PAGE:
Fifth in a series
Editor's note: Last year, Longley Elementary School was identified as one of 10 Maine schools with such persistently low test scores it qualified for $2 million in federal money for intervention to boost student achievement to grade level. This is the fifth story in a series about changes at Longley.
LEWISTON — Big Brother/Big Sister volunteer Tiffany Manson sat with Khadijo Tawane, 13, playing Connect Four at Longley Elementary School Wednesday afternoon.
“Oh, you blocked me!” Manson said. Khadijo giggled.
“Do you want to play Uno now?” Manson asked. The girl nodded. Manson showed her how to shuffle the deck of cards.
Downtown, other students learned cooking skills at The Root Cellar.
In a different room, Book Club members sat on the floor enjoying casual reading with Bates College student volunteers.
In still another classroom, students talked about bereavement and losses, both cultural and family, they've suffered.
Welcome to Longley's early release Wednesdays, when school is dismissed early, allowing teachers to get professional development to help them teach the wide array of student abilities in classes.
Principal Linda St. Andre said the extra help for teachers is crucial for Longley, a school in its first year of a school improvement plan to boost learning. But she's troubled by students losing time from school.
“I feel like we should be able to have these kids engaged in something productive during that hour and a half," St. Andre said. "So we put together a committee to look at that.” From that came a list of enrichment activities offered in six-week sessions throughout the year.
“We offer different programs, trying to tie into academics and the whole social and emotional piece,” St. Andre said.
The Wednesday afternoon activities began in October and are run by staff and volunteers. One woman gave art lessons. Sparetime Recreation brought in portable lanes and offered bowling to fourth-graders. L/A Arts led a drama club.
“Our school nurse is running brain games, board games and card games. A couple of ladies came in and did embroidery for five weeks,” St. Andre said.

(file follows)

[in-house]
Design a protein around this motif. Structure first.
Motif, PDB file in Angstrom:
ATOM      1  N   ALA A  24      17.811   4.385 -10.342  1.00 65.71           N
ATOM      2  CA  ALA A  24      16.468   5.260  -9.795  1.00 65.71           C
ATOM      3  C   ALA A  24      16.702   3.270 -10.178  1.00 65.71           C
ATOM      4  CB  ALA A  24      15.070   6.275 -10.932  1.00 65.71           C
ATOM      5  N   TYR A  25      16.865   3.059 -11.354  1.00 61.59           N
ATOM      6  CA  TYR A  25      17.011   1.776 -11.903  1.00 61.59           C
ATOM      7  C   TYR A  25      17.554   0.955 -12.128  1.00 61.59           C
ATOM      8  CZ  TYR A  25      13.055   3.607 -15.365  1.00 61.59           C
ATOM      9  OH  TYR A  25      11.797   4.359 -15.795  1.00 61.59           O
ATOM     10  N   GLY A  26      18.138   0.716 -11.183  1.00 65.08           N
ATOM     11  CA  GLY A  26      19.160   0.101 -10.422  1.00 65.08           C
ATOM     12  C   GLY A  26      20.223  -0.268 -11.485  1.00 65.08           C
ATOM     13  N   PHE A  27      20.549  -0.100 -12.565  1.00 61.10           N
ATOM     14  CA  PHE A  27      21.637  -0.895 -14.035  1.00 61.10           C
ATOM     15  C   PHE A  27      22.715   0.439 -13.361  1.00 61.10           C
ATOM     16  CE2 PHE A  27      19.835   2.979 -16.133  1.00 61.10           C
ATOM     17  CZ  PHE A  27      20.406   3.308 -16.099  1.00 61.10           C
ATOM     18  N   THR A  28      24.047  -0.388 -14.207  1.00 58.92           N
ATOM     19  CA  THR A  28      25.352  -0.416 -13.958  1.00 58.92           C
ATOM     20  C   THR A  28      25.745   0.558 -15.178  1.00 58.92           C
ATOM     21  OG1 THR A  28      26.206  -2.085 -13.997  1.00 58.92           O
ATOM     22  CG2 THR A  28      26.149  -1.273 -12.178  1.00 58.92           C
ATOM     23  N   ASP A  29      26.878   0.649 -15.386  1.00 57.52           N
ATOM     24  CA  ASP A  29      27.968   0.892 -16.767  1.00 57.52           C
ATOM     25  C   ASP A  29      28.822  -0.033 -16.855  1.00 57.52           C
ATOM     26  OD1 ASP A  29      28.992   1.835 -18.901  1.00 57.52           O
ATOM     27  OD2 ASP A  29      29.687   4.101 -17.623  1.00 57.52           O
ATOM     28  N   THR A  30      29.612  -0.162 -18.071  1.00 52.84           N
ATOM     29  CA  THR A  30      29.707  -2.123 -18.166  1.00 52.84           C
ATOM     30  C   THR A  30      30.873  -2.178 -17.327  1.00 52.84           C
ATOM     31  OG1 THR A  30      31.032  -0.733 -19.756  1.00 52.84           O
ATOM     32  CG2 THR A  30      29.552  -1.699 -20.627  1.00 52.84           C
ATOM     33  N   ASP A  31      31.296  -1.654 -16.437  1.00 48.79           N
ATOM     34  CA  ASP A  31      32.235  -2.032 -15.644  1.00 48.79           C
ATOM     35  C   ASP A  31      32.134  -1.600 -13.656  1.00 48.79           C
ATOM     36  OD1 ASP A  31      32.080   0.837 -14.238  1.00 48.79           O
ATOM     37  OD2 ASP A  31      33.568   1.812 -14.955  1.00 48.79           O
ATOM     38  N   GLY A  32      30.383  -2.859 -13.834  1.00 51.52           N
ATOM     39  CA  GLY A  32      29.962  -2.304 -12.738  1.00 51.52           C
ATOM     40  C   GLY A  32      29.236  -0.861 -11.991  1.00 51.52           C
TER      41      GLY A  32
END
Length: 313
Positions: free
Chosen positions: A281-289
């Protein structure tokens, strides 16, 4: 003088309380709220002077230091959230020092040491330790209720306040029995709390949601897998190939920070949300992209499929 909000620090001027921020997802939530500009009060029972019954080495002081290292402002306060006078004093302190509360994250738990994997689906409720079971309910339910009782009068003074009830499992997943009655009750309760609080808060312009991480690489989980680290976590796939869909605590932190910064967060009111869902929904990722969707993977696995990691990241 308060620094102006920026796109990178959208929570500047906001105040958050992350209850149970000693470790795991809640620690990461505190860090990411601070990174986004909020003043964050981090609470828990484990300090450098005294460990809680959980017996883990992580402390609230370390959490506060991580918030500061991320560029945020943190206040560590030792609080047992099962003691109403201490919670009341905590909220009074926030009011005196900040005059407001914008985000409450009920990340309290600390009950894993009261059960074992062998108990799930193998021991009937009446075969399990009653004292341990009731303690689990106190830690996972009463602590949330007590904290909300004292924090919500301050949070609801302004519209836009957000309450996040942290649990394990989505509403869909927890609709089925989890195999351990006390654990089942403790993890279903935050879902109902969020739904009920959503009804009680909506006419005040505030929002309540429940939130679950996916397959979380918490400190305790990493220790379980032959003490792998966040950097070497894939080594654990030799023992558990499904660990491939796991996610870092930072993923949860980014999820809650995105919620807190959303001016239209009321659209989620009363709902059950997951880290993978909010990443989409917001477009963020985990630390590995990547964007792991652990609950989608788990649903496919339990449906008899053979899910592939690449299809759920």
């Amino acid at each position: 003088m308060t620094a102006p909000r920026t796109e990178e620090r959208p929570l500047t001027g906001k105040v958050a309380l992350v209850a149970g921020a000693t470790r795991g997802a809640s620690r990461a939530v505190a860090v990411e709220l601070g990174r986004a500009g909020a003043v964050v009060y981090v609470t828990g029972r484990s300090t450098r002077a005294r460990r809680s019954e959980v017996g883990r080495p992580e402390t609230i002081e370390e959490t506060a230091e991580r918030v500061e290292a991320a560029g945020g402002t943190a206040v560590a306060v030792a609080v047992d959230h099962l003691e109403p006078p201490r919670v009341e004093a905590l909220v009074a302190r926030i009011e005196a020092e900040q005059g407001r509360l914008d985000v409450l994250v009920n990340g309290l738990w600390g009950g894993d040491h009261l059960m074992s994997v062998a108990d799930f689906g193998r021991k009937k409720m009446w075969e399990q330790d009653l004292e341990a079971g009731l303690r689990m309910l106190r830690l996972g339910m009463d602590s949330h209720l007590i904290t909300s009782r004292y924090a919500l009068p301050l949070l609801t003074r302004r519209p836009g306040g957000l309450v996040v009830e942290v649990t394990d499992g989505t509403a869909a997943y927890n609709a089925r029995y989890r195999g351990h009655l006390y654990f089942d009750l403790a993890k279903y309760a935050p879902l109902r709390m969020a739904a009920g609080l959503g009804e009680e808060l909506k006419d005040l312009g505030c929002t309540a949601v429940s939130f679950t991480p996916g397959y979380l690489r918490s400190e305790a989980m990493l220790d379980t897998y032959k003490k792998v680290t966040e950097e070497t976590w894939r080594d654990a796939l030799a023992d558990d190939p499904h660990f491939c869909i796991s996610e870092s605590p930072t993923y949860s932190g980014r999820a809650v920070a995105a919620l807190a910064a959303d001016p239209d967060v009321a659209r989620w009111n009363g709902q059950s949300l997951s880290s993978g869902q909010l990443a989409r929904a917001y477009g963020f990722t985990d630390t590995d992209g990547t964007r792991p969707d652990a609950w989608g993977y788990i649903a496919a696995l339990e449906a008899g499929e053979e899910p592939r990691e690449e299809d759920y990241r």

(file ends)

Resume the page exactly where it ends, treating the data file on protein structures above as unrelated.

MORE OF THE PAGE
She's pleased with the activities, but hopes to boost the number of choices and students participating. Out of the school population of 300, between 66 to 100 students have signed up each session.
Four of those students are Hassan Mohamud, 10, Camron Merchant, 11, Victasia Harris, 9, and Eblo Abdullahi, 9. They were playing with Legos Wednesday, under the direction of librarian Peg Corson.
Corson said the children playing Legos are "future engineers." Legos stimulates creativity, building and cooperation skills, she said.
“I'm building an ocean,” said Victasia Harris, showing off her submarine with people, seaweed and a house. “That's the telescope on the submarine.”
Eblo Abdullahi, 9, created a Lego playground. “This is the house on the playground. This is the sandbox,” she said. “This is the pool. That's a little flower. This is where the monkeys play.”
Hassan built an airport, complete with a Lego helicopter, space shuttle, gas truck, control tower and airport guards. He built it “with my buddy, Stephen. There's a lot of cool stuff you can build with Legos.”
In another part of the school, counselor Margaret Messinger ran the Friendship Club. The object of a game they played was for two students to display what they're wearing, then make changes to their clothing. Students have to remember what, and how, clothes were worn.
Whoever is the fastest, and tells the most accurate details is the winner. The club helps children learn social skills and get to know each other, Messinger said. When meeting someone in the club, “outside she might tell me, 'Do you want to be my friend?'” one girl said.
Meanwhile, on Wednesday teachers were in a workshop led by literacy coach Joanne Berube. That day's lesson was how to teach a unit on community to a class of students who range from speaking no English to fluency.
When a student can't speak English, “you can't just put a textbook in front of a third-grader or a sixth-grader,” said second-grade teacher Debbie Rodrigue. “You show a picture and label it.” As the student progresses, teachers gradually increase the difficulty.
Teachers from the second, fourth, sixth grades, and English Language Learner class were at the same table sharing strategies. The professional development time is “huge,” Rodrigue said. “This is helping us.”
Longley looking for Wednesday volunteers, ideas
LEWISTON – Longley Elementary School is planning the fourth Wednesday afternoon session for students released early while teachers are in professional development.
Principal Linda St. Andre is looking for more ideas and volunteers.
“My goal is to have every kid doing something here or in the community,” she said. The last session begins in late April and continues throughout May.
New activities offered in the upcoming session include Susan Hayward teaching students about bird watching, and Maine Family Credit Union volunteers teaching students about money.
Also new will be the Lewiston Regional Technical Center offering fifth graders hands-on projects at LRTC “while exploring future options when they get to the high school,” St. Andre said. “They're putting together three or four choices, health care or woodworking or whatever.”
Anyone with an idea and wants to volunteer should contact St. Andre at the school, 795-4120, or firstname.lastname@example.org.
Activities could be given in a one, 90-minute session, or once a week for five or six weeks, St. Andre said.